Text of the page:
What are you reading? – November 2021

A look over the shoulders of our scholar-reviewers

November 8, 2021
Source: istock

Peter J. Smith, professor of Renaissance literature at Nottingham Trent University, is reading Rose Tremain’s Islands of Mercy (Chatto & Windus, 2020). “Set variously in Dublin, Paris, Bath, London and Borneo during the 1860s, this fraught family saga introduces us to a large cast. They include Jane Adeane, ‘the Angel of the Baths’; her physician father, Sir William; Dr Valentine Ross, William’s partner in their medical practice; Emmeline, Jane’s bohemian artist aunt; and Julietta, Jane’s lesbian lover. Ross’ naturalist brother, Edmund, is lost in the forests of Borneo, and after being jilted (as he thinks of it) by Jane, Ross voyages to the Far East in search of his sibling. There he encounters Sir Ralph Savage, the local self-styled rajah, and his gay lover, Leon. It’s an intriguing combination of Dickens’ exhaustive array of character types, Conrad’s trepidation of the unknown and the social heterodoxy of the Bloomsbury set. While the narrative occasionally wanders, the descriptions of settings are pellucid and the concise chapters crisply contained.”

Geoffrey Alderman, principal of Nelson College London, is reading Leslie Turnberg’s Mandate: The Palestine Crucible, 1919-1939 (Vallentine Mitchell, 2021). “The Balfour Declaration of 1917 did not create or even envisage the creation of an independent Jewish state, and it was in any case explicitly repudiated by Neville Chamberlain’s government some 22 years later. Yet the Zionist dream survived, and ultimately triumphed. The paradox is that while successive British governments in the inter-war period did their very best to wriggle out of Arthur Balfour’s commitment, those same governments actually aided and abetted its fulfilment. Leslie Turnberg asks why, and locates the answer within Britain’s post-1919 imperial ambitions, bolstered by a growing if politely expressed discomfort with anti-Jewish racism throughout the Muslim and Arab worlds. His analysis of the massacre of Jews in Hebron in 1929, and its aftermath, is particularly poignant. That said, he offers a dispassionate account, solidly grounded in the evidence and wide-ranging in its use of sources.”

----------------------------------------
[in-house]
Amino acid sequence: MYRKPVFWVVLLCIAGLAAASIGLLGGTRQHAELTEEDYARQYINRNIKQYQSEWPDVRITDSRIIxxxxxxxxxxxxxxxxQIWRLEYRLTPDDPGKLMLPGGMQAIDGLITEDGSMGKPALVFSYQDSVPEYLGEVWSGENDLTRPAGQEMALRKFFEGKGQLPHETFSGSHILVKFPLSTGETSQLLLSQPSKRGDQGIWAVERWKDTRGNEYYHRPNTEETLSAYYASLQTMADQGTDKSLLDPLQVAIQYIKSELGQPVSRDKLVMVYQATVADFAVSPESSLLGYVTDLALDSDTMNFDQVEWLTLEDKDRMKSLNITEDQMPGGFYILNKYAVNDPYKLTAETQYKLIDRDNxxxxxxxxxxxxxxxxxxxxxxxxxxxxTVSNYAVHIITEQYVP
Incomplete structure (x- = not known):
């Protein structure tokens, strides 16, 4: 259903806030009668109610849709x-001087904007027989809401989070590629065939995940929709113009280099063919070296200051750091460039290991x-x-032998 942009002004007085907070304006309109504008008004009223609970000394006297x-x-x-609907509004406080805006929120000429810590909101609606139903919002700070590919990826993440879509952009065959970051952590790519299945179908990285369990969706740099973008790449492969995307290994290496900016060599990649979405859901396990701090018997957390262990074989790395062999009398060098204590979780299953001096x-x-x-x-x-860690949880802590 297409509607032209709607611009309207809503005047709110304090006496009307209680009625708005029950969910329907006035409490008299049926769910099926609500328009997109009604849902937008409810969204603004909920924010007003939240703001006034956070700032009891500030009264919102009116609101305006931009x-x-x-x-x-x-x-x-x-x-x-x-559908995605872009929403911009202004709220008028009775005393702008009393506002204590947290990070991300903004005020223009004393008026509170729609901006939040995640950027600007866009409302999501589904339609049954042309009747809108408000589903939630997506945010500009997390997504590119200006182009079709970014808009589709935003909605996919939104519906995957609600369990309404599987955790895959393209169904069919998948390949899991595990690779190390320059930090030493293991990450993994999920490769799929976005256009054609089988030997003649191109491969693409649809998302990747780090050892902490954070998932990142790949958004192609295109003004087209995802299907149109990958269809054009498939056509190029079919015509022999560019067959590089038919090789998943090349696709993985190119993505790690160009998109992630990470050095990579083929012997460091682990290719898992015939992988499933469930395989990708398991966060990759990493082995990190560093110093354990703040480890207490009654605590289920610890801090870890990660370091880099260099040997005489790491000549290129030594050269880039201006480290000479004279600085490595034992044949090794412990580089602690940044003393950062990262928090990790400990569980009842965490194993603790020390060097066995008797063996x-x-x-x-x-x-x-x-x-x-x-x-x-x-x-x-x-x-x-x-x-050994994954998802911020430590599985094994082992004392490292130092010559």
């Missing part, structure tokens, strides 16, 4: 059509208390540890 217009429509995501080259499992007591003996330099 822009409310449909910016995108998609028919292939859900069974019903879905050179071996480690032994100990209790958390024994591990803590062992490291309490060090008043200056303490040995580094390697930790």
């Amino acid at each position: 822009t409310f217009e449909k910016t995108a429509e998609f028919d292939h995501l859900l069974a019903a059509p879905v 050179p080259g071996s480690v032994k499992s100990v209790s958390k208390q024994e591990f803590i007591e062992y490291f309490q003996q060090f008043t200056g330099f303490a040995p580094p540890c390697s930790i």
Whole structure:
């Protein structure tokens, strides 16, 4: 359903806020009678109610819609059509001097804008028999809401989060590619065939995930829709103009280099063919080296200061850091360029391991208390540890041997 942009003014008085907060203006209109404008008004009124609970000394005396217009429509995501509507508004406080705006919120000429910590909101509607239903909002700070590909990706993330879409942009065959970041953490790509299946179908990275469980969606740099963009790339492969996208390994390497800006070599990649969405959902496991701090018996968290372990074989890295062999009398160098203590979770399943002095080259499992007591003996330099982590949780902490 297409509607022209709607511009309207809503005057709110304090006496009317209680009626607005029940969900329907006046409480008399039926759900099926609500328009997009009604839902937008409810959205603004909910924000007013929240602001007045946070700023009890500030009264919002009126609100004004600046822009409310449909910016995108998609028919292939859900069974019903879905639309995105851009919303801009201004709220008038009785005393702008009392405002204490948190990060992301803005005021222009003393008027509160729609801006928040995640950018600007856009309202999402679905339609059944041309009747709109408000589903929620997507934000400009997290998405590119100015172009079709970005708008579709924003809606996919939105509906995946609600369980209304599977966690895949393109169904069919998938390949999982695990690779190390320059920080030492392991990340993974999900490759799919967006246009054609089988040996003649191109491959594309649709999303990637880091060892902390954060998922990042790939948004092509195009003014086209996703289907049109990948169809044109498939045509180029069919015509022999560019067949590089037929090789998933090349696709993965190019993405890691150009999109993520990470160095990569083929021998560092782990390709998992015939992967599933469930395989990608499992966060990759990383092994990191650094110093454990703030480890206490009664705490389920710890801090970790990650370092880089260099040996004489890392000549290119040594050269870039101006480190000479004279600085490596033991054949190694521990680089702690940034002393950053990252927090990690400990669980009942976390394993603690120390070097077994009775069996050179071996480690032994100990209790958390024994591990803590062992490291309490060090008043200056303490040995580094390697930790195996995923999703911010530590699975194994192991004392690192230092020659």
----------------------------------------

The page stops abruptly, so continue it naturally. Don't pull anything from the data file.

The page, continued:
Kalwant Bhopal, professor of education and social justice at the University of Birmingham, is reading John Irving’s A Prayer for Owen Meany (Black Swan, 1990). “Like many of Irving’s books, A Prayer for Owen Meany is about family, friendship, loss and love. It focuses on the friendship between Owen Meany and John Wainwright and can best be described as a religious gospel. Meany – a small, dwarf-like boy with a very high-pitched and distinctive voice – hits the ball that kills Wainwright’s mother while playing a baseball game. Since he does not believe in accidents, he convinces himself that he is the instrument of God. Consequently, he foresees the future – specifically his own death – and how he will die. This marvellous, beautifully written book will make you laugh, cry and break your heart. It also takes you on a journey that ultimately makes you question your own faith.”

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